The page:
This is a challenge familiar to actors at every level of the industry in America today. But if you were to build a time machine, go back 80 years or so, and show people McDormand’s films while telling them about her struggles to use real emotion, they might very well find the whole experience baffling. Why, they might ask, would you want to really experience what your character is going through? Why would you think Olive Kitteridge or Nomadland—with their colloquial, often half-articulated American vernacular and revelation of character through subtle gestures—was good? What’s the point of all of this versatility she’s worked hard to display throughout her career?
It’s not that the films and performances of classic Hollywood are worse than what came after—it’s impossible to feel that way if you’ve ever watched Barbara Stanwyck or Cary Grant—but they are different. They obey different rules, different ideas about what a good film is, about what makes for a good performance. Something happened to overturn that old order, a revolution in how we think about acting. In the United States in the 1950s, that revolution was called the Method, and while McDormand is not by most definitions a Method actor, the Method created both a system of norms and a stylistic and technical lineage from which she descends. Like her predecessors, she lives in New York, not Los Angeles; she avoids typecasting; she loves acting for the stage; and she studied an American adaptation of the theories and practices of the Russian actor and director Konstantin Stanislavski.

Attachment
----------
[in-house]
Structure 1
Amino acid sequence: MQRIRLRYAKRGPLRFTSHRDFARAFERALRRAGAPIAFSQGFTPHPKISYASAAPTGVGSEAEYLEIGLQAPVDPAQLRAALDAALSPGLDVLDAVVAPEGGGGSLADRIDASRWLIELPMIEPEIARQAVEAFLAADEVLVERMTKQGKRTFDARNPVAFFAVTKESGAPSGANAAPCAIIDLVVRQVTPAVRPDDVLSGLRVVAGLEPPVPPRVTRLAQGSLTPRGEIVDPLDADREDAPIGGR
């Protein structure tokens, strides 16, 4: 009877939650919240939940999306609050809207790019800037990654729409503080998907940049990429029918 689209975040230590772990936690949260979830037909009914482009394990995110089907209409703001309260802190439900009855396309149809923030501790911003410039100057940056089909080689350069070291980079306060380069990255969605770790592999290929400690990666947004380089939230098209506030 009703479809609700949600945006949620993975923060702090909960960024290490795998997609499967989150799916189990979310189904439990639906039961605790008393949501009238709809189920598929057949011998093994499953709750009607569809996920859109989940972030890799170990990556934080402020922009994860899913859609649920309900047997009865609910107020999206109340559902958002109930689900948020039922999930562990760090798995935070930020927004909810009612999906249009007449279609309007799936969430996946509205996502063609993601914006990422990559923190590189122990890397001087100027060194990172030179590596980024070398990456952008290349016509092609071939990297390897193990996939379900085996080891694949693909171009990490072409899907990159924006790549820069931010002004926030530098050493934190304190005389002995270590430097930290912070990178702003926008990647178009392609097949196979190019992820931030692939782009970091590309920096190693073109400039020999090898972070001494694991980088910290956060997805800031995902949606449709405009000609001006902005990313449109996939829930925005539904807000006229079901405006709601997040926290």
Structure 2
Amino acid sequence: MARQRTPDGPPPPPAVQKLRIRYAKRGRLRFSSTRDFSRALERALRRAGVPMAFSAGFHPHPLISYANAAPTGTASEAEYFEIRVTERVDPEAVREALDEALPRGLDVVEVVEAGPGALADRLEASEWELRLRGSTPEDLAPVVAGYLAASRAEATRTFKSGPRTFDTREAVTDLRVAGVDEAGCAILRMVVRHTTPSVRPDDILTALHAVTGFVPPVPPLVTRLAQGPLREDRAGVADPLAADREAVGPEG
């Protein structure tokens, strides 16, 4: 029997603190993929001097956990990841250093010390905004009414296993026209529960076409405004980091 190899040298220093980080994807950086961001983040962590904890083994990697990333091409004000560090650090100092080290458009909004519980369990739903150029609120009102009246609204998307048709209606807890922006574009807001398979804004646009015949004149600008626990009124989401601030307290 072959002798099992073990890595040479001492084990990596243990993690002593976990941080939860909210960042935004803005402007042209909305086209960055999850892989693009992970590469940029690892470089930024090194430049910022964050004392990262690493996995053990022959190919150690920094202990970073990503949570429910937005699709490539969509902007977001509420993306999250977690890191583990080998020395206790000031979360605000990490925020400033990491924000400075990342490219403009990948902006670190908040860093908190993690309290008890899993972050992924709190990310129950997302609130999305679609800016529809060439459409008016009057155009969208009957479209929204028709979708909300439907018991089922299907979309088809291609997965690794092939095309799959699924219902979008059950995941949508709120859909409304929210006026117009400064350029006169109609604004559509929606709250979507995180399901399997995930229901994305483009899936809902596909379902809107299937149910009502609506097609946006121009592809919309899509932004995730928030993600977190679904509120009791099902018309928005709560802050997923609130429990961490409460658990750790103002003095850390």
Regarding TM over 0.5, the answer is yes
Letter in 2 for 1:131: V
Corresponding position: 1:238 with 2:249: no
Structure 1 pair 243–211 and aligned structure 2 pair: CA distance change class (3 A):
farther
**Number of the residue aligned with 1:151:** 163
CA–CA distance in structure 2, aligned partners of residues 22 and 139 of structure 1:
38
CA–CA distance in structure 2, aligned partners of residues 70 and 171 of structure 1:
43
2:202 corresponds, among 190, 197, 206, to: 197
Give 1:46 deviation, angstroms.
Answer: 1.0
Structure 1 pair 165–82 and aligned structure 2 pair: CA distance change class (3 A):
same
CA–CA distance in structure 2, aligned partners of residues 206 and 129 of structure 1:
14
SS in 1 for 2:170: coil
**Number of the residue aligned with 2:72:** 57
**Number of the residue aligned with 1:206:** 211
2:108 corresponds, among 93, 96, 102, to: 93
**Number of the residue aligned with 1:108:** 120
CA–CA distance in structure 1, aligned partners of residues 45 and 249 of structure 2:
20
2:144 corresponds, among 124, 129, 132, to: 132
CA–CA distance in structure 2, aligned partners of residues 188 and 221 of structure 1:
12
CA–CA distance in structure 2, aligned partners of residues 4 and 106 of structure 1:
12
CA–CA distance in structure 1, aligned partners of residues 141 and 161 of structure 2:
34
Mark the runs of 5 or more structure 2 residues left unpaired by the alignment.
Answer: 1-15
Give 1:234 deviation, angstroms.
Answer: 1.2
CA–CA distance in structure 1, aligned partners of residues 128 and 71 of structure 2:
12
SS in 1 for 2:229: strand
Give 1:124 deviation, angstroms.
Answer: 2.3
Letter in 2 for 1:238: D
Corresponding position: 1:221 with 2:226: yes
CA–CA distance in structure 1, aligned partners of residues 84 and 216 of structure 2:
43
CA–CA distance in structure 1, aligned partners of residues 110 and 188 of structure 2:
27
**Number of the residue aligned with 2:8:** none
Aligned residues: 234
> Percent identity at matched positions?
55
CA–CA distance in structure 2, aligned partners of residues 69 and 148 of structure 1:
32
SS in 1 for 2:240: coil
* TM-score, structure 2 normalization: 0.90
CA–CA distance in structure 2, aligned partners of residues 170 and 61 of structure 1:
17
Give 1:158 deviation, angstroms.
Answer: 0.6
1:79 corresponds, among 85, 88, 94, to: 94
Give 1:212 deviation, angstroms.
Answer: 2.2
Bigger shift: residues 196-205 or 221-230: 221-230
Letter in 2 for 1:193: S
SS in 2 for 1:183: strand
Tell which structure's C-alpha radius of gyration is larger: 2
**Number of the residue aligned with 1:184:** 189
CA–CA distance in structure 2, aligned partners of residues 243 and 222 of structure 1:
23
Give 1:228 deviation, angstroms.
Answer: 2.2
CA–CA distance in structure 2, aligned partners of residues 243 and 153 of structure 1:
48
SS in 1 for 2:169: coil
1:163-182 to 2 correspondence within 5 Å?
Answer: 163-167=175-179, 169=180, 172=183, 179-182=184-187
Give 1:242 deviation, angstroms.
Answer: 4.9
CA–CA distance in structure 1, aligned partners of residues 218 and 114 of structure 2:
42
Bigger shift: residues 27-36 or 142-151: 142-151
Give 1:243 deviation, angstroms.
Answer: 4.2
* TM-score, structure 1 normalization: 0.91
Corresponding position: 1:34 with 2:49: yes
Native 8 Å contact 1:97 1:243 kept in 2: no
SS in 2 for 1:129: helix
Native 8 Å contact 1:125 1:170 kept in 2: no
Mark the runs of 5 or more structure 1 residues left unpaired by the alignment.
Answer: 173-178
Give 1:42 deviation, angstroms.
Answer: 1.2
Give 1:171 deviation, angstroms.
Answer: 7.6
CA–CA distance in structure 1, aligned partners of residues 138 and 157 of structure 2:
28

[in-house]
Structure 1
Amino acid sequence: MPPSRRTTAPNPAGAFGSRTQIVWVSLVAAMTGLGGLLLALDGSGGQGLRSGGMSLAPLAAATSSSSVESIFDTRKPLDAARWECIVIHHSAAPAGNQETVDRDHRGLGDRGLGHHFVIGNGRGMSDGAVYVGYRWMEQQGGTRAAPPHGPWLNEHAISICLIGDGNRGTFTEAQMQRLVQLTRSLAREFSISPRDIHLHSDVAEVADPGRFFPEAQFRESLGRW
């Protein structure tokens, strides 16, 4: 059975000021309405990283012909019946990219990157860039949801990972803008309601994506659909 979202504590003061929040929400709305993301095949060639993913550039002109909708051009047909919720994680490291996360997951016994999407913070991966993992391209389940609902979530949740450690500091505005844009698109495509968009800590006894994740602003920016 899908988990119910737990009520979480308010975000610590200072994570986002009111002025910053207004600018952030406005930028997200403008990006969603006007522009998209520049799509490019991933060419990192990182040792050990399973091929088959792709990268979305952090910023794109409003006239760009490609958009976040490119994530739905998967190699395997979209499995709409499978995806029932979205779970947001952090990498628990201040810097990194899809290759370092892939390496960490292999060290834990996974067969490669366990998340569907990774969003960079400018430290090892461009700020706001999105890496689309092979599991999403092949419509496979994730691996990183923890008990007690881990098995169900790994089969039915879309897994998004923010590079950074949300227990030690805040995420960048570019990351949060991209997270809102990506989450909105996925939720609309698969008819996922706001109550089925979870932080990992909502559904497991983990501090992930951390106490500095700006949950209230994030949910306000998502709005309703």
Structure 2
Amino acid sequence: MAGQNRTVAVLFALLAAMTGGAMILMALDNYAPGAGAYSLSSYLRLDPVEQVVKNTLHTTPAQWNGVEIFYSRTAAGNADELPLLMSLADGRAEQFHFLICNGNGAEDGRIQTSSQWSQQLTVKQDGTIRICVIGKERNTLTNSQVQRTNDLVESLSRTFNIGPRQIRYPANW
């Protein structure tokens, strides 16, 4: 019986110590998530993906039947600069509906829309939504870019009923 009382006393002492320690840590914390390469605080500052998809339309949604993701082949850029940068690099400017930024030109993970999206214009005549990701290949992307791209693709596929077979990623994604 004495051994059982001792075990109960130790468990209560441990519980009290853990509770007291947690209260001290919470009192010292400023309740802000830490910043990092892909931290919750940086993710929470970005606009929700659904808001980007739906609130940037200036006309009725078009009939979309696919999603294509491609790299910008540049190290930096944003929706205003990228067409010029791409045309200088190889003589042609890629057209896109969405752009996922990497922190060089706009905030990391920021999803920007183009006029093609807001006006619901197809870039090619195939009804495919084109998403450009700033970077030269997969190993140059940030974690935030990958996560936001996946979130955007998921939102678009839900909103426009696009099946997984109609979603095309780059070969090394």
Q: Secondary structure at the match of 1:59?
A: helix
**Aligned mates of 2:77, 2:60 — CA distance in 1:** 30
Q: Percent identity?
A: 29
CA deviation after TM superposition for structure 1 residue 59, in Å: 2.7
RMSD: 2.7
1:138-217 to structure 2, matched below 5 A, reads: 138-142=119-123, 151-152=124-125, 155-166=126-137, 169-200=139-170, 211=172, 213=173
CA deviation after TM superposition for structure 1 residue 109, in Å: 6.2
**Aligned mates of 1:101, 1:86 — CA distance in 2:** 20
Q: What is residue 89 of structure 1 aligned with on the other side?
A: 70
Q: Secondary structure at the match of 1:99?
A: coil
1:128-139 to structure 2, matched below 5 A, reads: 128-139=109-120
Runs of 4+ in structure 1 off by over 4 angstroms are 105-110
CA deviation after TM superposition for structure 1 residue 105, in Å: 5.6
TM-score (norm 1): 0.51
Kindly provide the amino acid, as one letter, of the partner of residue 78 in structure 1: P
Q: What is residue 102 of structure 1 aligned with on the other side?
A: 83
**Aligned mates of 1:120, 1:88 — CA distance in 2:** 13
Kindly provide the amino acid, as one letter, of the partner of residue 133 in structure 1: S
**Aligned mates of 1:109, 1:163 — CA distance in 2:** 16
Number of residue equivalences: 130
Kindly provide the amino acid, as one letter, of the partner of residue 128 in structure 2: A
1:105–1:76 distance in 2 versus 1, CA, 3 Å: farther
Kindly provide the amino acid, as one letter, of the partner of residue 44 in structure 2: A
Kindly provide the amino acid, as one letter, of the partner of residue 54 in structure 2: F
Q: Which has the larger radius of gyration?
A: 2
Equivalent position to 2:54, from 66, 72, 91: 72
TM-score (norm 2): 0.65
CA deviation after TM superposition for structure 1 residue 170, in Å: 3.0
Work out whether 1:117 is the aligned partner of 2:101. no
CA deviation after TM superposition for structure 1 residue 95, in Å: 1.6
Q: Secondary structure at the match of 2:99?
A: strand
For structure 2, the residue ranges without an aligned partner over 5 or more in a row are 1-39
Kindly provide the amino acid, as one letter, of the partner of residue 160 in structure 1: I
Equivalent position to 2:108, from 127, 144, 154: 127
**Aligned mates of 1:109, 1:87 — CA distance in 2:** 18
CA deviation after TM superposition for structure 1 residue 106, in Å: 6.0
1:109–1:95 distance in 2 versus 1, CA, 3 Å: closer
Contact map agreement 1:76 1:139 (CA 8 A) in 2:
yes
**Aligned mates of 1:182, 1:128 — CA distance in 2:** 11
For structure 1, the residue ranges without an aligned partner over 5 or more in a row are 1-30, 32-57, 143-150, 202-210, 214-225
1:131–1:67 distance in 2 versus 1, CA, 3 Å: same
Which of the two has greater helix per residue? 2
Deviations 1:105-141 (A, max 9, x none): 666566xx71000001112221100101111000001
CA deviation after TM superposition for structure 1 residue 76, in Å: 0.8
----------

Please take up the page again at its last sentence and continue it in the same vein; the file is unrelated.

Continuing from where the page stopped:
Stanislavski’s ideas—and the Moscow Art Theatre, which he co-founded in the 1890s—upended hundreds of years of conventional wisdom about what acting was supposed to be, first in Russia and then in the United States. At the heart of Stanislavski’s revolution was the concept of perezhivanie, which, loosely translated, means something like “experiencing,” or perhaps “re-experiencing.” Perezhivanie occurs when an actor is so connected to the truth of a role, and has so thoroughly entered into the imaginary reality of the character, that they feel what the character feels, perhaps even think what the character thinks. Experiencing does not mean to fully become the character, or to lose sight of the self. Instead, the actor’s living consciousness and the fictional consciousness of the part they are playing meet. To Stanislavski, perezhivanie, which he also called “living the part,” was the highest ideal, the artistic mountaintop that all acting strove to reach.
For much of human history, however, perezhivanie in acting was undesirable. As far back as Plutarch, writers have been warning us against experiencing. In “Why We Delight in Representation,” Plutarch wrote that an actor who “is really affected with grief or anger presents us with nothing but the common bare passion, but in the imitation some dexterity and persuasiveness appears.”
Therefore, the former makes us uncomfortable, “whilst the latter delights us.” Not only is perezhivanie discomfiting, Plutarch believed; it could also be dangerous. He relates the story of a Roman actor who once became “so transported beyond himself in the heat of action that he struck with his scepter one of the servants who was running across the stage, so violently that he laid him dead upon the place.”